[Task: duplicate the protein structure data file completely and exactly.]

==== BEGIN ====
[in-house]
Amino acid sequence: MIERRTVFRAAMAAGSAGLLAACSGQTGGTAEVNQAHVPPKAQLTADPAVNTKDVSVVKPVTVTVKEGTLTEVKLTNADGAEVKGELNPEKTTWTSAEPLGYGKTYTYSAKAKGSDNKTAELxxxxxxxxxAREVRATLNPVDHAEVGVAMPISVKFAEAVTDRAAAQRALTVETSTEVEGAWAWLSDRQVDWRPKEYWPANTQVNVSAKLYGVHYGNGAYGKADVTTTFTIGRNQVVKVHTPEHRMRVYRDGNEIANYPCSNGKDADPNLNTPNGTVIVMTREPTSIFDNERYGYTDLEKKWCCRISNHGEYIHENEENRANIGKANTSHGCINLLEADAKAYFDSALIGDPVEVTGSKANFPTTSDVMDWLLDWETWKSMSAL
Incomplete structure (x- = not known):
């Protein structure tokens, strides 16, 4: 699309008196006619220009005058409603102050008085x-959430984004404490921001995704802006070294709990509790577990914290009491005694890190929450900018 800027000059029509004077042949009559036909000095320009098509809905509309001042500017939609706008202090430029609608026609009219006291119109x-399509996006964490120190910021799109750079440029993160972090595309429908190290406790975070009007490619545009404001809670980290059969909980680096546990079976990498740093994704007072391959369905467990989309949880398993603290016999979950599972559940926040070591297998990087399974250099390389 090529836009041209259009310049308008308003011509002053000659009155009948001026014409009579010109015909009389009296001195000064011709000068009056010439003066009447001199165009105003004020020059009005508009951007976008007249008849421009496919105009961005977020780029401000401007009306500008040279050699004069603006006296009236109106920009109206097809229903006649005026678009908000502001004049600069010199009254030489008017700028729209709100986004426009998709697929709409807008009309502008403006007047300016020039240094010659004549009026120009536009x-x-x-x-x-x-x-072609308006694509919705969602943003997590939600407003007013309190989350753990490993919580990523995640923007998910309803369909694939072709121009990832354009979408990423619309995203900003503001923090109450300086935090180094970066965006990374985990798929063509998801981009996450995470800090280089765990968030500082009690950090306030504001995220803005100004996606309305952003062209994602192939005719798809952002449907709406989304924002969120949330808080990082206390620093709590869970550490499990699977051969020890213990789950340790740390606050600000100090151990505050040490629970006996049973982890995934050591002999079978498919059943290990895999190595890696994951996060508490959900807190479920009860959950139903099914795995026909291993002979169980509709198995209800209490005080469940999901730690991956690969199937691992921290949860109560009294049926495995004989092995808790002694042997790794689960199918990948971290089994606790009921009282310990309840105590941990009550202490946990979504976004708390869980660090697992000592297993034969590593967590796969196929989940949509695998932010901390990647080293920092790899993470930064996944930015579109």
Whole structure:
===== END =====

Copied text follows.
[in-house]
Amino acid sequence: MIERRTVFRAAMAAGSAGLLAACSGQTGGTAEVNQAHVPPKAQLTADPAVNTKDVSVVKPVTVTVKEGTLTEVKLTNADGAEVKGELNPEKTTWTSAEPLGYGKTYTYSAKAKGSDNKTAELxxxxxxxxxAREVRATLNPVDHAEVGVAMPISVKFAEAVTDRAAAQRALTVETSTEVEGAWAWLSDRQVDWRPKEYWPANTQVNVSAKLYGVHYGNGAYGKADVTTTFTIGRNQVVKVHTPEHRMRVYRDGNEIANYPCSNGKDADPNLNTPNGTVIVMTREPTSIFDNERYGYTDLEKKWCCRISNHGEYIHENEENRANIGKANTSHGCINLLEADAKAYFDSALIGDPVEVTGSKANFPTTSDVMDWLLDWETWKSMSAL
Incomplete structure (x- = not known):
């Protein structure tokens, strides 16, 4: 699309008196006619220009005058409603102050008085x-959430984004404490921001995704802006070294709990509790577990914290009491005694890190929450900018 800027000059029509004077042949009559036909000095320009098509809905509309001042500017939609706008202090430029609608026609009219006291119109x-399509996006964490120190910021799109750079440029993160972090595309429908190290406790975070009007490619545009404001809670980290059969909980680096546990079976990498740093994704007072391959369905467990989309949880398993603290016999979950599972559940926040070591297998990087399974250099390389 090529836009041209259009310049308008308003011509002053000659009155009948001026014409009579010109015909009389009296001195000064011709000068009056010439003066009447001199165009105003004020020059009005508009951007976008007249008849421009496919105009961005977020780029401000401007009306500008040279050699004069603006006296009236109106920009109206097809229903006649005026678009908000502001004049600069010199009254030489008017700028729209709100986004426009998709697929709409807008009309502008403006007047300016020039240094010659004549009026120009536009x-x-x-x-x-x-x-072609308006694509919705969602943003997590939600407003007013309190989350753990490993919580990523995640923007998910309803369909694939072709121009990832354009979408990423619309995203900003503001923090109450300086935090180094970066965006990374985990798929063509998801981009996450995470800090280089765990968030500082009690950090306030504001995220803005100004996606309305952003062209994602192939005719798809952002449907709406989304924002969120949330808080990082206390620093709590869970550490499990699977051969020890213990789950340790740390606050600000100090151990505050040490629970006996049973982890995934050591002999079978498919059943290990895999190595890696994951996060508490959900807190479920009860959950139903099914795995026909291993002979169980509709198995209800209490005080469940999901730690991956690969199937691992921290949860109560009294049926495995004989092995808790002694042997790794689960199918990948971290089994606790009921009282310990309840105590941990009550202490946990979504976004708390869980660090697992000592297993034969590593967590796969196929989940949509695998932010901390990647080293920092790899993470930064996944930015579109």
Whole structure: